Yves-Francois Blanchet, Quebec's wildlife minister, said restaurant chefs have been asking officials for decades to allow them to serve wild game meats, but the rules currently do not allow for the sale of meat from animals hunted or trapped in the wild, the (Montreal) Gazette reported Monday.
"The hunt is intimately linked with our history and our food heritage and has been since the days of New France," Blanchet told a news conference at the Toque restaurant in Montreal.
He said the restaurants will be allowed to serve the meats this fall as part of a pilot program to boost tourism from international food fans. He said wildlife and agriculture officials will closely supervise the plan to ensure species are not endangered and the food is safe for human consumption.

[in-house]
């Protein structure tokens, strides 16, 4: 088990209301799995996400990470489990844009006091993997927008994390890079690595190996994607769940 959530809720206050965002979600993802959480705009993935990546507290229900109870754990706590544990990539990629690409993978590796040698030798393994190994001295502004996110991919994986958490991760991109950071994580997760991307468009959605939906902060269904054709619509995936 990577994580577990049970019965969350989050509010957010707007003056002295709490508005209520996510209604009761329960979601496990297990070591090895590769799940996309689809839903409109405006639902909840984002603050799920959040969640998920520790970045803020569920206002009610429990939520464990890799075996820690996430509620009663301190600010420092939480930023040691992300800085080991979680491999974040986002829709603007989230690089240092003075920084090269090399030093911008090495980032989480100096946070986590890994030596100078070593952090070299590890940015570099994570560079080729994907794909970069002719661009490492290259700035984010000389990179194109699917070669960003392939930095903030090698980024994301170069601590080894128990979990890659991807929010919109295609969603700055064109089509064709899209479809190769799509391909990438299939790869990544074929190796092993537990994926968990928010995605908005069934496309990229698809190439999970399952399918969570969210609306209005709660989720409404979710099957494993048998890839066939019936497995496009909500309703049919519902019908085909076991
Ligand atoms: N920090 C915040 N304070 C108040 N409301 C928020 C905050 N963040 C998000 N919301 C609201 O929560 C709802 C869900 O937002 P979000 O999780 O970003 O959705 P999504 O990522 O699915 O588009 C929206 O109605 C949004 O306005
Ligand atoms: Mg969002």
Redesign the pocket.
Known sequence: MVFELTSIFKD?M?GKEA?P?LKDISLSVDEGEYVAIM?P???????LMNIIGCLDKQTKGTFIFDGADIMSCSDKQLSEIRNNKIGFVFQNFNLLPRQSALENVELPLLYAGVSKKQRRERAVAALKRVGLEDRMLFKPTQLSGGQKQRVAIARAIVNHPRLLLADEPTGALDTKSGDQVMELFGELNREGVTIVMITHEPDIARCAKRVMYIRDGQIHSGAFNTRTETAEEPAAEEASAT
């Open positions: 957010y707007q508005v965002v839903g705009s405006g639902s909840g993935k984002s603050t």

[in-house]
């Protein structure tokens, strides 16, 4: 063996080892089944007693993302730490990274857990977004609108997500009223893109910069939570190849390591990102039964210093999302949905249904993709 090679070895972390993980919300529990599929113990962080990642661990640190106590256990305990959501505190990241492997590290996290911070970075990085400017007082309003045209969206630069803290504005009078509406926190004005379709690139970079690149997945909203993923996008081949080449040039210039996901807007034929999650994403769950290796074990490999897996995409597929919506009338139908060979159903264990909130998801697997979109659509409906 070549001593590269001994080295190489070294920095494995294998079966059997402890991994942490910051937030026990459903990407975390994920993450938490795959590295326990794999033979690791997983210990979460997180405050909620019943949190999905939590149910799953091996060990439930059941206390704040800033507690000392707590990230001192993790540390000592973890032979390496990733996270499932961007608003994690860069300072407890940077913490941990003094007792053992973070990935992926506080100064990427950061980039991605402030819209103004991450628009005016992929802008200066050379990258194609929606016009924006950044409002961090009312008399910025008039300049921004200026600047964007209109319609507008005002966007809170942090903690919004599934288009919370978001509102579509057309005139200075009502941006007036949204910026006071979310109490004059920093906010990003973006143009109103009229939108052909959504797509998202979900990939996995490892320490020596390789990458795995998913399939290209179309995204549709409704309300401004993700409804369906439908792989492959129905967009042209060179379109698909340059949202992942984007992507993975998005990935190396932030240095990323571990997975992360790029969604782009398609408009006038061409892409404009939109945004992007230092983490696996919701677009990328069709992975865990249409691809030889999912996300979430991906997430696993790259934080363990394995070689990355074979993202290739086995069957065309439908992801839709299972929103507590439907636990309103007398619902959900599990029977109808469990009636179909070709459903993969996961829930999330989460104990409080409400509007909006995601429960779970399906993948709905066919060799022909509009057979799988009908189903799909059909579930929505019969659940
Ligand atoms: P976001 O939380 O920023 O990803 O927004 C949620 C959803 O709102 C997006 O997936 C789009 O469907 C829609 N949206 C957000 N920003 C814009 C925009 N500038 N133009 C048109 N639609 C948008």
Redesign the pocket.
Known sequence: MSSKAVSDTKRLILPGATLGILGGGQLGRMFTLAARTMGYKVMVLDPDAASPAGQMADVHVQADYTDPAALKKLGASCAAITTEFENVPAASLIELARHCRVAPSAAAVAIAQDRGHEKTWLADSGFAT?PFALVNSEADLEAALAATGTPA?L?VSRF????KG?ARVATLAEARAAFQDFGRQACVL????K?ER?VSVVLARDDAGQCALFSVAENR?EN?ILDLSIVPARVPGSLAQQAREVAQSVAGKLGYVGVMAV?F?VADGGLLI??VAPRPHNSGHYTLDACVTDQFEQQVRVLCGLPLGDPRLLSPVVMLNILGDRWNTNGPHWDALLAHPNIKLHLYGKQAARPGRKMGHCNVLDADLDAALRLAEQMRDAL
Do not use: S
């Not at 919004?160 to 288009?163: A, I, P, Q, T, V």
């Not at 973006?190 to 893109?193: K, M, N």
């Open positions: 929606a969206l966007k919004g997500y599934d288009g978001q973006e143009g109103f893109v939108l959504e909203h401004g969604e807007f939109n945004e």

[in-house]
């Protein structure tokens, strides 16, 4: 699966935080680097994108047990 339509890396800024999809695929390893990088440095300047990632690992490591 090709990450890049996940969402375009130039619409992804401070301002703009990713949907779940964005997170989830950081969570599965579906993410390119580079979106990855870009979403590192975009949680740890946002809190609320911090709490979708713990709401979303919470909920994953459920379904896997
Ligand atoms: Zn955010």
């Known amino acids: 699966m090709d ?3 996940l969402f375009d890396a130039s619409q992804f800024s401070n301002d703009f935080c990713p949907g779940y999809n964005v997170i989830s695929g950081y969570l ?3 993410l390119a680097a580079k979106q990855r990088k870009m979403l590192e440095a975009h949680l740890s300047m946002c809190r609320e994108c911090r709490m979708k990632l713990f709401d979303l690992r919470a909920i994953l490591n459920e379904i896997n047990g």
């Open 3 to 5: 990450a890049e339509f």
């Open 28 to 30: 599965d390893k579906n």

Chef Normand Laprise, owner of Toque, welcomed the announcement. He said allowing businesses to sell wild game meat will both expand the food source for the area and reduce waste from unused game meat. He said figures indicate as little as 40 percent of meat from the 26,000 to 28,000 wild deer killed during the annual hunting season is butchered and cooked for food.
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